The same can be said for the 2nd/11th, which plays along the ridge of the aforementioned sand dune. The fairway is wide enough but the player who is too aggressive will watch as their ball bounds off the firm fairway into the rough, only to be left with a difficult shot into the smallish green, which slopes markedly from left-to-right and is cut into the edge of a high dune.

By the time you reach the holes nearest the shoreline, you’ll be trying to work out if you have time for another nine. Of course, you do!

Green fee: $40 (nine holes).


Quamby Estate is a boutique homestead surrounded by a nine-hole course, which offers panoramic mountain views in almost every direction during a round.

The estate was the ancestral home of Tasmania’s first-born Premier, Sir Richard Dry, and has been beautifully restored throughout, while the course surrounding the homestead has another knight – Sir Richard Branson – as its No.1 member.

Designed by one of Australia’s greatest ever amateurs, Peter Toogood, and built by local Ian McFarlane in the early 1990s, Quamby is an easy-walking par-37 with just one par-3 – the 158-metre 2nd hole. Here, the tee shot must carry the edge of a small lake and a huge bunker stretched across the front edge of the large putting surface.

The fairways are lined by large mature pines, oaks and a host of other species, while there are lakes, ponds and strategically placed bunkers adding to its scenic beauty.

Green fee: $20 (nine holes).

Quamby Estate. PHOTO: Brendan James.


Wynyard Golf Club is wedged between Bass Strait to the north and the Inglis River to the south about 30 minutes’ drive west of Burnie on the Tassie north coast.

It is a seaside course, perhaps more
tree-lined than a traditional links, but a links nonetheless.

Once you reach the back of the beach, beyond the green on the par-5 1st, you will find holes reminiscent of some small, quirky Scottish links courses that hug the edge of the North Sea.

The 354-metre par-4 2nd and the short par-4 3rd are two dogleg right holes that closely follow the shoreline to the right. On the windiest days, drives here may need to start their flight over the beach to find the middle of the fairway.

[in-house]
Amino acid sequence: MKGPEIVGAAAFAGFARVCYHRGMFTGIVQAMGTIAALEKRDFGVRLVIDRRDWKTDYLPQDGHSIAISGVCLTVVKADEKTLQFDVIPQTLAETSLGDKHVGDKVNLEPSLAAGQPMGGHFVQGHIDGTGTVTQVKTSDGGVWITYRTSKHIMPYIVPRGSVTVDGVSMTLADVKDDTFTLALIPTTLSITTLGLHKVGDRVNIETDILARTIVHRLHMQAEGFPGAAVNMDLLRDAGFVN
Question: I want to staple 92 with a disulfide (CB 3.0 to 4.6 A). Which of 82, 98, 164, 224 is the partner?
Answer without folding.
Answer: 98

Green fee: $20 (nine holes).



Mawson Lakes was extensively redesigned by acclaimed course architect Neil Crafter as part of the multi-million-dollar sports precinct development at the University of South Australia.

Since the project was completed in 2013, the bentgrass greens and kikuyu fairways have improved significantly, while the strategy of the layout has also been enhanced.

The par-4 3rd hole forces players to shape their shots and the par-4 6th features water down the left from tee to green. But the drivable, 260-metre par-4 9th is arguably the most enjoyable hole.

Green fees: $17 (nine holes Tuesday to Sunday); $15 (Mondays).


Regency Park was first established in 1977 and has gained a reputation for offering good-quality playing surfaces and an enjoyable range of holes.

Visitors will find three par-3s, four par-4s and two par-5s, played twice from dual tee blocks to create the 5,622-metre par-70 layout.

Course architect Neil Crafter has improved the quality of the holes in recent years and today it is an easy-to-walk course that appeals to everyone from beginners to more established players with its generous fairways, interesting and challenging green complexes and large bunkers.

Regency Park will soon open Shanx @ Regency Park mini golf, to offer an even broader and enjoyable golfing experience.

Green fees: $20 (nine holes, weekdays); $22 (weekends).